07 January 2014

Your Food New Year's Resolutions Made Easy

January blogs, magazines, and newspapers are littered with self-help style recipes and exercises tips.  I could scoff, but after the gluttony that was late November through December, I feel the same way: it's time to simplify, clean up, and get back to normal.  It's also time to go back to working long days without breaks in the middle of the week now that the holidays are over, which makes cooking those halo-bequeathing meals a little more challenging.  So, here's my plan for making separate ingredients ahead and adding various flavors quickly and easily throughout the week.  I can knock out these basics on a Saturday afternoon if I multi-task and stay focused by not drinking too many work beers. I'd love to see some of your ideas/favorites to have on hand, too--add to the comment section, please!

Goal: Eat healthy, filling breakfasts with a minimum of time in the morning.

Make-ahead fixes: 

  • Keep at least 6 hard-boiled eggs in the fridge--just peel and season in the in the morning.
  • Keep fresh or frozen fruit on hand (freeze fresh fruit by laying out on a baking sheet in a single layer and placing in the freezer at least 4 hours; then toss in a zip-top bag and keep frozen until ready to use).  You can use these in smoothies or as stir-ins for your yogurt or oatmeal.
  • Make overnight steel-cut oats. All you have to do is dump everything into a container before bed, give it a stir, and it's ready in the morning.  
  • And of course, revisit my "Cook, freeze, and pack it for later: breakfasts" post for more healthy recipes you can make ahead.  I always have breakfast burritos and muffins in my freezer.

Always have in the pantry: multi-grain bread for toast, mustard and capers for the eggs, nuts and seeds to stir in to oatmeal and yogurt, Greek yogurt

My favorite way to start the day!


Goal: Eat more fiber

Make-ahead fixes:


  • Make a big pot of beans with minimal seasoning: black beans, garbanzos, pintos, mung beans, and lentils are particularly versatile and fiber-rich.  Freeze portions (for two people, I usually freeze 1 cup servings) in small zip-top bags and you can toss them straight into stir fries, soups, or just serve with seasoned rice and hot sauce. Keep a small amount in the refrigerator for up to a week to toss into salads. 
  • Make a big pot of grains to replace white rice in your recipes (though you can also do this with white rice). Quick-cooking quinoa, bulgar, millet, and couscous can be "cooked" overnight by soaking in equal parts grain and water, so those don't need to be cooked far in advance.  But wheat berries, farro, barley, and the like all freeze beautifully as described in the bean method above.  
  • Keep plenty of fresh and frozen veggies on hand.  Freeze fresh veggies by blanching them in boiling water for about 30 seconds to a minute and spreading out on a tray as described above with fruit.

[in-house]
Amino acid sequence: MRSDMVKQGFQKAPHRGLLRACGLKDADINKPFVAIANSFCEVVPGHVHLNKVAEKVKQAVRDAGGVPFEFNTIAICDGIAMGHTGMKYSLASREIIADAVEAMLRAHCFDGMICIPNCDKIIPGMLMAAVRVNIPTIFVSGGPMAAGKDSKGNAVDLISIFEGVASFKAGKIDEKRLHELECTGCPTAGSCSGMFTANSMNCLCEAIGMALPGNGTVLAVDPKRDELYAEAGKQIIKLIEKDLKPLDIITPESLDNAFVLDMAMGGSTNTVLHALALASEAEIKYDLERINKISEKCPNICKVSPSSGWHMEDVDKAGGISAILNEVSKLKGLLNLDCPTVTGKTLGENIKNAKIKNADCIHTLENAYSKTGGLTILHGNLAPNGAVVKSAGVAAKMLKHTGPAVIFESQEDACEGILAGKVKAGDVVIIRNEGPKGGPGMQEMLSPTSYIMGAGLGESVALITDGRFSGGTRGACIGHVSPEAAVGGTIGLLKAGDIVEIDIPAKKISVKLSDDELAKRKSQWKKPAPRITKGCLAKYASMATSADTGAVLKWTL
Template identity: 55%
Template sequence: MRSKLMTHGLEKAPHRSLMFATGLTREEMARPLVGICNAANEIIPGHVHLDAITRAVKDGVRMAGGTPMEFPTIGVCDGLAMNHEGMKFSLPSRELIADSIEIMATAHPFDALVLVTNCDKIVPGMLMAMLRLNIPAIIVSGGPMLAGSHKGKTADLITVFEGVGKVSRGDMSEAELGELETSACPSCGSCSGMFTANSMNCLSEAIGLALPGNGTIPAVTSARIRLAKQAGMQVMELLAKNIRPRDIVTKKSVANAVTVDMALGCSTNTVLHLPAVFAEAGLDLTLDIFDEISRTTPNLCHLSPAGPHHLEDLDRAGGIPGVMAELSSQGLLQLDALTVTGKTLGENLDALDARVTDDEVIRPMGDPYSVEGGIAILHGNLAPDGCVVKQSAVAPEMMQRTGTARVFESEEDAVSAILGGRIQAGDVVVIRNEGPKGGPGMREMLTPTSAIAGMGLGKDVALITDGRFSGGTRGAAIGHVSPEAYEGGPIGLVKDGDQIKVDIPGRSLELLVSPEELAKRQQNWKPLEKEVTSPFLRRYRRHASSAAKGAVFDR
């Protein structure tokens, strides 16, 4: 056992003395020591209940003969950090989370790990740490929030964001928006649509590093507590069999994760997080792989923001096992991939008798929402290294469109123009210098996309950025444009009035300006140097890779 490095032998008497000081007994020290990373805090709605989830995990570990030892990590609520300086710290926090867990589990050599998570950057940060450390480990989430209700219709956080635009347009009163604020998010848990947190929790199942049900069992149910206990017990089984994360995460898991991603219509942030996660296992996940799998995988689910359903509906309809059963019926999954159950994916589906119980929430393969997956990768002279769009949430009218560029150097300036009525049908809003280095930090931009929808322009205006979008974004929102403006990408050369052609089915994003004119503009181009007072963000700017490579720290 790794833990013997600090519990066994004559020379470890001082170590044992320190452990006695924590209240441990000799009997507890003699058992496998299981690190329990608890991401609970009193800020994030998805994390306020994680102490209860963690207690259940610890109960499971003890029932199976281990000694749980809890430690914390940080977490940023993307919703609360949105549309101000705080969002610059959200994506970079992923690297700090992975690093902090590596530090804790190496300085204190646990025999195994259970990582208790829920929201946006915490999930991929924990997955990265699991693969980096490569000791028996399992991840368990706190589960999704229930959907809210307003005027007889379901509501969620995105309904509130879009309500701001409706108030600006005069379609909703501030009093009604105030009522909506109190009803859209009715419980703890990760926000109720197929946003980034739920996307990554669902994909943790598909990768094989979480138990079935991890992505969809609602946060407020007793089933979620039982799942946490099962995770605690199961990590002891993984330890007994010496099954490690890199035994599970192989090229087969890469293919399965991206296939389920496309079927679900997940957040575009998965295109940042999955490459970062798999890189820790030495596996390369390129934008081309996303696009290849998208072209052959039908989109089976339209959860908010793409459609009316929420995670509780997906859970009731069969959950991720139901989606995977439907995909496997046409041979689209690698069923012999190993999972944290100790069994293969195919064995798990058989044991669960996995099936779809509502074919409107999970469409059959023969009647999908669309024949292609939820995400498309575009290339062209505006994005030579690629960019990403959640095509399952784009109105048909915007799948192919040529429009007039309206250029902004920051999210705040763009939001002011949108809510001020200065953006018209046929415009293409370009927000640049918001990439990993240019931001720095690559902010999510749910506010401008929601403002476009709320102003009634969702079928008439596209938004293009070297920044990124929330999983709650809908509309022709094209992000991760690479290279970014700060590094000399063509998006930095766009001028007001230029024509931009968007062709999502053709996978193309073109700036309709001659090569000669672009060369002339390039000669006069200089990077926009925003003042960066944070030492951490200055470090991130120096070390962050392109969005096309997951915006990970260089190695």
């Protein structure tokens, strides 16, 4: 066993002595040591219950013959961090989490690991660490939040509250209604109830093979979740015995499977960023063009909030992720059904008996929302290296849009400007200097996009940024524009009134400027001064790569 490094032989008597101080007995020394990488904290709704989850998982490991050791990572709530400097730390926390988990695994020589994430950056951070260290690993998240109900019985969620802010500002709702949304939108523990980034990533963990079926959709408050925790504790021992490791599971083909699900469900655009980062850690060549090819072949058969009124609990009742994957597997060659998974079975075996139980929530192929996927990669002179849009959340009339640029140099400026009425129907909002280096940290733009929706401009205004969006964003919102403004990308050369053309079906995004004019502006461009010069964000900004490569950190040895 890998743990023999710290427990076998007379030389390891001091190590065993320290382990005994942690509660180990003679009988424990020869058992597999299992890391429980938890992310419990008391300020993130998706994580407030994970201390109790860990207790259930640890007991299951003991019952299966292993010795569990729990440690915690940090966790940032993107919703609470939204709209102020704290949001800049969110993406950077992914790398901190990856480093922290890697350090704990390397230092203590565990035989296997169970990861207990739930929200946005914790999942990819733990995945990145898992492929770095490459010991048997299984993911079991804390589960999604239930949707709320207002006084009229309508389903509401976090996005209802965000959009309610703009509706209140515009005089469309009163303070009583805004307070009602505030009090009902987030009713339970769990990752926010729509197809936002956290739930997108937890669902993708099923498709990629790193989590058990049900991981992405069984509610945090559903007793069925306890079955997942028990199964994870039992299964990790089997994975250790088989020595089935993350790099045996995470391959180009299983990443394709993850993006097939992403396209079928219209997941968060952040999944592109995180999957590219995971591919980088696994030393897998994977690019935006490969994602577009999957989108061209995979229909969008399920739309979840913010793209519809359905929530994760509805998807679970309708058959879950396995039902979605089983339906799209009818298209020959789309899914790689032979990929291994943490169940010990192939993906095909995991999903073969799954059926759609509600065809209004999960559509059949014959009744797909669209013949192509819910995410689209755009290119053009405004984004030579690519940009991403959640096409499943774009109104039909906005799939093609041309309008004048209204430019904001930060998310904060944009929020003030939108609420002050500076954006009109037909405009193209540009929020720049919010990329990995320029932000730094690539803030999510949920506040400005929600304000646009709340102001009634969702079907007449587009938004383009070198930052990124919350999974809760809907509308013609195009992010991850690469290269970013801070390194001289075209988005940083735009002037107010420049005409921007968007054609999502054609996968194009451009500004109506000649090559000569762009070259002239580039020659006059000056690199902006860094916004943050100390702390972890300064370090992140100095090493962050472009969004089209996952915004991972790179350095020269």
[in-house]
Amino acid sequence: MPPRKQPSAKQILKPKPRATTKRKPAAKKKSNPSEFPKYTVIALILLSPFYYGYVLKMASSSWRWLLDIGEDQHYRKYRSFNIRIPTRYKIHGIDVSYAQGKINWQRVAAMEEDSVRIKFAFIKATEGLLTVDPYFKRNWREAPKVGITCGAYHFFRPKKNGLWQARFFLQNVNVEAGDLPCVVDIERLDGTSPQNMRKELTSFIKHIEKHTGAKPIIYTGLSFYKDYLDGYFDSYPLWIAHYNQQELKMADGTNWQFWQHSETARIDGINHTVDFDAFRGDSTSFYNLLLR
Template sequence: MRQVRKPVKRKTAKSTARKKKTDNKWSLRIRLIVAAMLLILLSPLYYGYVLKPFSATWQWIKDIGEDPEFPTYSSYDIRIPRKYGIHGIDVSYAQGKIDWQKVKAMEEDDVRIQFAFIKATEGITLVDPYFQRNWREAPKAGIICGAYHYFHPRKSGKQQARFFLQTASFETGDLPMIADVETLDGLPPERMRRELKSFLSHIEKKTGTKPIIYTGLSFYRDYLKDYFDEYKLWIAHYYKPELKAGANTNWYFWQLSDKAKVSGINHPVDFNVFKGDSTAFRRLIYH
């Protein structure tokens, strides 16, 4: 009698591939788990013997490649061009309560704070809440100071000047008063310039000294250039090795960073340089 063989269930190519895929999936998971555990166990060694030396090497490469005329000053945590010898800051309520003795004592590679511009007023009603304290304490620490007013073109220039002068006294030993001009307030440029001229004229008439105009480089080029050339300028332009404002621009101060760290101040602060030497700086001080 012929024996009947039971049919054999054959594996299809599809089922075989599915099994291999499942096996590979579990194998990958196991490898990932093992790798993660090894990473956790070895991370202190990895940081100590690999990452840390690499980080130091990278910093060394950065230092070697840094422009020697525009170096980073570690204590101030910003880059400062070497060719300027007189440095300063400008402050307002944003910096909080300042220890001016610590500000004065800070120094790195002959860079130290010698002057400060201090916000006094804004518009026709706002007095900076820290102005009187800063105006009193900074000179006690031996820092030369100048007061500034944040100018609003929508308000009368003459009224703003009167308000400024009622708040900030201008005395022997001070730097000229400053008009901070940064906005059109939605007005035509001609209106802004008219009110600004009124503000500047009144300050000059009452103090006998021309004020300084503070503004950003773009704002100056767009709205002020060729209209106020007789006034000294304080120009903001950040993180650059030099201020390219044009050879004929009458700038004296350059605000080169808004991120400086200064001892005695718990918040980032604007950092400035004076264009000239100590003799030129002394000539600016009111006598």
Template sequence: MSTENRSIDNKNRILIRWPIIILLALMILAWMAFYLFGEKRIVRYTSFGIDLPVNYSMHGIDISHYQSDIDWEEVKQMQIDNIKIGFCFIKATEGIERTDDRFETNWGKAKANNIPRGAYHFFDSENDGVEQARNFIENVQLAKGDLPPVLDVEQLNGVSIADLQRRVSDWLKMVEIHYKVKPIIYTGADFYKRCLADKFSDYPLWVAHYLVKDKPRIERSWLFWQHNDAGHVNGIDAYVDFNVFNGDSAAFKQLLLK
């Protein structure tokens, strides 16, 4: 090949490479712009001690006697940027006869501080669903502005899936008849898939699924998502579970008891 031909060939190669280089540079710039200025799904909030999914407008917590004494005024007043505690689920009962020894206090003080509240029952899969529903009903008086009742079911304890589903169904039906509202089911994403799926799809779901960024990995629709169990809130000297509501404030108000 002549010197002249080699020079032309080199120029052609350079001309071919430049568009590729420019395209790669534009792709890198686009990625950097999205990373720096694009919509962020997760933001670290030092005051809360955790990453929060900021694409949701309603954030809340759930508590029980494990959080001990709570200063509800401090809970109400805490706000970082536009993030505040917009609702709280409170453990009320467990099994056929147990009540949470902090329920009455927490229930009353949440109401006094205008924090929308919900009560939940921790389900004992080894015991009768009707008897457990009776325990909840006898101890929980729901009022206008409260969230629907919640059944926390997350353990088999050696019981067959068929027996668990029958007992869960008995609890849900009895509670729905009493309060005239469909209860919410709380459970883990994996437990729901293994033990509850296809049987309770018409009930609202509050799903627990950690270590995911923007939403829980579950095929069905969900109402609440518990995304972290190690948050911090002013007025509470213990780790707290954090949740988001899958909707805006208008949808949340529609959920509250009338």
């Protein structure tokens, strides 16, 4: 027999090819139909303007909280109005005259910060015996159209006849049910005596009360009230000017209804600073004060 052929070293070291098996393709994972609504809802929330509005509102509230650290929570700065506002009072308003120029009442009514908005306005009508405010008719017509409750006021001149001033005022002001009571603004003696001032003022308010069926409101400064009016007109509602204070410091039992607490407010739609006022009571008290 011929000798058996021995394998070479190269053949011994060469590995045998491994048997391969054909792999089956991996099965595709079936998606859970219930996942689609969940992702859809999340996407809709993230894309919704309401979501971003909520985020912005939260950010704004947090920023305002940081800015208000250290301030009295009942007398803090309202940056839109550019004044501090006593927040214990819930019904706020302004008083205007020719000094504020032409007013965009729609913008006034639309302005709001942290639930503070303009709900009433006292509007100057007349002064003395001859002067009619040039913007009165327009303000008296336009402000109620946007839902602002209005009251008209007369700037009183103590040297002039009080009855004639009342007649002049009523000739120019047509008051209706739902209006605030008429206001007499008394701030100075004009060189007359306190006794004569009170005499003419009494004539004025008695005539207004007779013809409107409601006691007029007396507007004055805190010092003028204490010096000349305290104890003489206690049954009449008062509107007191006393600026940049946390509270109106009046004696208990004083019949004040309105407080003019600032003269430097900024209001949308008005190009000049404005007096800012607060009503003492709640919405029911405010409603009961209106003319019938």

• Single portions of grains, beans, and veggies can be combined in a bowl and heated quickly in the microwave, then seasoned to taste, for a quick, filling, and very healthy lunch or dinner.  In fact, you can even pop the frozen stuff in a container the night before, refrigerate until you head to work the next morning, and then everything will be thawed and ready to eat as a cold salad by lunchtime.  Hot or cold, you can toss everything with a dressing below for a really brainless meal when you're exhausted...
Farro with asparagus, almonds, feta, and Mustard and Caper Vinaigrette.
The farro and asparagus were frozen and reheated together in the bowl. 


Goal: Use less salt without sacrificing flavor

Solution: Make dressings!  These may have originally been intended as salad dressings, but they can be used over veggies and pasta, beans and rice (or other grain), and just about anything else you can think of. These are some of my favorites right now--they'll all keep a couple of weeks in the refrigerator:

Tahini-Lemon Dressing: whisk together

1/2 garlic clove, smashed and minced
1 scant tablespoon tahini (for a milder flavor, use almond butter)
zest and juice of 1/2 lemon
1 teaspoon honey
2 tablespoons olive oil
salt and black pepper to taste

I love this on steamed potatoes, green beans, and kalamata olives.

Mustard and Caper Vinaigrette: whisk together 

1 garlic clove, smashed and minced
1 teaspoon capers, chopped
1 teaspoon mustard
pinch sugar (optional)
4 tablespoons vinegar
6 tablespoons olive oil
salt and black pepper to taste

This keeps for weeks on the countertop; refrigerating makes it gloppy. Different vinegars will give a different level of acidity, with apple cider being the most intense I ever want, and balsamic being the mildest, so experiment. This is clearly a standard salad dressing, but it is also delicious on hot foods.  I like it on pasta with steamed broccoli.

Miso-Ginger Dressing: blend in a food processor


1/4 cup peanut oil 
1/4 cup rice vinegar
2 tablespoons mild or sweet miso, like yellow or white
Juice of 1/2 lime
2 medium carrots, roughly chopped
1 inchlong piece fresh ginger, chopped OR 1 heaping teaspoon minced ginger form the jar
Salt and freshly ground black pepper.


Obviously, this works well in stir-fries, but it's also surprisingly perfect over steamed greens like kale or collards, along with a little hot sauce on the side. 

"Ranch" Dressing: whisk together

1 small garlic clove, minced
1 tablespoon lemon juice
½ cup plain yogurt
¼ cup milk (any kind will do)
½ teaspoon dried summer savory
½ teaspoon dried dill
¼ teaspoon Italian seasoning
¼ teaspoon dried onion
Salt and freshly ground black pepper to taste

If you're from the Midwest like me, you already know that Ranch dressing is not only a salad condiment, but a replacement for sour cream, a dip, and a general salve for life.  

Dinner tonight: quinoa, frozen Sante Fe veggie blend, 
and Tahini-Lemon Dressing